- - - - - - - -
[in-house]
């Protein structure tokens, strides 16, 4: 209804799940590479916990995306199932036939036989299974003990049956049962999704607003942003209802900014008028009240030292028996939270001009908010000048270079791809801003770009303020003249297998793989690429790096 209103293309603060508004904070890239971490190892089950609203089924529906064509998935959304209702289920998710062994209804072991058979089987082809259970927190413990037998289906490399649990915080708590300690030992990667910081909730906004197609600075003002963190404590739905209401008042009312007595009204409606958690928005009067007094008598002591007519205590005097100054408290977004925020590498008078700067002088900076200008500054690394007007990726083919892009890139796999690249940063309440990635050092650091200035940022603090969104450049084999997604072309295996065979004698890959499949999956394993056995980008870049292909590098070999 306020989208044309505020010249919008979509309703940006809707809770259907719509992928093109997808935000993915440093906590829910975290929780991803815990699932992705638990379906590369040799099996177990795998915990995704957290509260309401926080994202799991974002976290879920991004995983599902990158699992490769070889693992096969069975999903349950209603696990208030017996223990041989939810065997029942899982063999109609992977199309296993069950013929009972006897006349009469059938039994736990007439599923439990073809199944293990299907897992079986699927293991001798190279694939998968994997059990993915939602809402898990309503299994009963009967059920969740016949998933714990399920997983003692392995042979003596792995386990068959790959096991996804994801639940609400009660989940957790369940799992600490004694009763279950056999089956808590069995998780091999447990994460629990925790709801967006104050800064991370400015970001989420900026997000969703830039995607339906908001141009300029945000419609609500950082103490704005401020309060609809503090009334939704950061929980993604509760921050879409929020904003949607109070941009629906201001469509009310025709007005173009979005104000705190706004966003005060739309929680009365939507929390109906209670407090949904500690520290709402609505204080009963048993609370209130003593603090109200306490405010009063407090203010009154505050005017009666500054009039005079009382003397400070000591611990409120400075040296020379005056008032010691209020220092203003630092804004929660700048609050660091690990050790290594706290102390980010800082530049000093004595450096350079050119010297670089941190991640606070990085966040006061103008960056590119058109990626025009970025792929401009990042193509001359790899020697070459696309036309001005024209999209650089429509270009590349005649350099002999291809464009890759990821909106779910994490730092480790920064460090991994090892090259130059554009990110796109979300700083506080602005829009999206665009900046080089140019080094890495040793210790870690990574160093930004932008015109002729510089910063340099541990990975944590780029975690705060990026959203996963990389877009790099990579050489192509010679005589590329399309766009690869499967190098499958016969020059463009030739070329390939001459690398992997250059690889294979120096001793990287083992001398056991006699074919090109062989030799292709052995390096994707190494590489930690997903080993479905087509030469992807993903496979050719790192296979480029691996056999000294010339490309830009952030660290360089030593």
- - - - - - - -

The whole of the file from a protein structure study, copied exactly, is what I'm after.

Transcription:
[in-house]
């Protein structure tokens, strides 16, 4: 209804799940590479916990995306199932036939036989299974003990049956049962999704607003942003209802900014008028009240030292028996939270001009908010000048270079791809801003770009303020003249297998793989690429790096 209103293309603060508004904070890239971490190892089950609203089924529906064509998935959304209702289920998710062994209804072991058979089987082809259970927190413990037998289906490399649990915080708590300690030992990667910081909730906004197609600075003002963190404590739905209401008042009312007595009204409606958690928005009067007094008598002591007519205590005097100054408290977004925020590498008078700067002088900076200008500054690394007007990726083919892009890139796999690249940063309440990635050092650091200035940022603090969104450049084999997604072309295996065979004698890959499949999956394993056995980008870049292909590098070999 306020989208044309505020010249919008979509309703940006809707809770259907719509992928093109997808935000993915440093906590829910975290929780991803815990699932992705638990379906590369040799099996177990795998915990995704957290509260309401926080994202799991974002976290879920991004995983599902990158699992490769070889693992096969069975999903349950209603696990208030017996223990041989939810065997029942899982063999109609992977199309296993069950013929009972006897006349009469059938039994736990007439599923439990073809199944293990299907897992079986699927293991001798190279694939998968994997059990993915939602809402898990309503299994009963009967059920969740016949998933714990399920997983003692392995042979003596792995386990068959790959096991996804994801639940609400009660989940957790369940799992600490004694009763279950056999089956808590069995998780091999447990994460629990925790709801967006104050800064991370400015970001989420900026997000969703830039995607339906908001141009300029945000419609609500950082103490704005401020309060609809503090009334939704950061929980993604509760921050879409929020904003949607109070941009629906201001469509009310025709007005173009979005104000705190706004966003005060739309929680009365939507929390109906209670407090949904500690520290709402609505204080009963048993609370209130003593603090109200306490405010009063407090203010009154505050005017009666500054009039005079009382003397400070000591611990409120400075040296020379005056008032010691209020220092203003630092804004929660700048609050660091690990050790290594706290102390980010800082530049000093004595450096350079050119010297670089941190991640606070990085966040006061103008960056590119058109990626025009970025792929401009990042193509001359790899020697070459696309036309001005024209999209650089429509270009590349005649350099002999291809464009890759990821909106779910994490730092480790920064460090991994090892090259130059554009990110796109979300700083506080602005829009999206665009900046080089140019080094890495040793210790870690990574160093930004932008015109002729510089910063340099541990990975944590780029975690705060990026959203996963990389877009790099990579050489192509010679005589590329399309766009690869499967190098499958016969020059463009030739070329390939001459690398992997250059690889294979120096001793990287083992001398056991006699074919090109062989030799292709052995390096994707190494590489930690997903080993479905087509030469992807993903496979050719790192296979480029691996056999000294010339490309830009952030660290360089030593």